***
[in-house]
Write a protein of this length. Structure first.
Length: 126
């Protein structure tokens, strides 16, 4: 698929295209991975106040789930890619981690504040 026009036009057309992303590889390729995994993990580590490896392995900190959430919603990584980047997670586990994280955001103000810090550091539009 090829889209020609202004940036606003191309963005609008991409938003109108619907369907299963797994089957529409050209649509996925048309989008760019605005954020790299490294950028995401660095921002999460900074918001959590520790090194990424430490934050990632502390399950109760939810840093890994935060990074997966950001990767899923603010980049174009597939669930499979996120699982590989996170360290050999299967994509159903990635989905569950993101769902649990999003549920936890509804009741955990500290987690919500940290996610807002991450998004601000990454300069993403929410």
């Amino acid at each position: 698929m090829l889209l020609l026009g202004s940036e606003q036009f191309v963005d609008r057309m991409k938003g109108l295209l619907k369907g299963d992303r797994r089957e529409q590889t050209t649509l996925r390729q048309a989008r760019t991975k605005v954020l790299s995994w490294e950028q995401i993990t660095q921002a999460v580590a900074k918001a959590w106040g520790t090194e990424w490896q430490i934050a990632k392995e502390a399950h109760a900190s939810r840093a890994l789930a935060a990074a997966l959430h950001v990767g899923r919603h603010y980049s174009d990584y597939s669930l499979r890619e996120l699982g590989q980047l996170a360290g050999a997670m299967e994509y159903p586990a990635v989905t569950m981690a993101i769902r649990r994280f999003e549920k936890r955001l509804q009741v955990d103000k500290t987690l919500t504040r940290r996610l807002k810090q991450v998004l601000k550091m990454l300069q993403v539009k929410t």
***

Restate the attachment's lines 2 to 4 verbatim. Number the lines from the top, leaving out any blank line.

Write a protein of this length. Structure first.
Length: 126
């Protein structure tokens, strides 16, 4: 698929295209991975106040789930890619981690504040 026009036009057309992303590889390729995994993990580590490896392995900190959430919603990584980047997670586990994280955001103000810090550091539009 090829889209020609202004940036606003191309963005609008991409938003109108619907369907299963797994089957529409050209649509996925048309989008760019605005954020790299490294950028995401660095921002999460900074918001959590520790090194990424430490934050990632502390399950109760939810840093890994935060990074997966950001990767899923603010980049174009597939669930499979996120699982590989996170360290050999299967994509159903990635989905569950993101769902649990999003549920936890509804009741955990500290987690919500940290996610807002991450998004601000990454300069993403929410």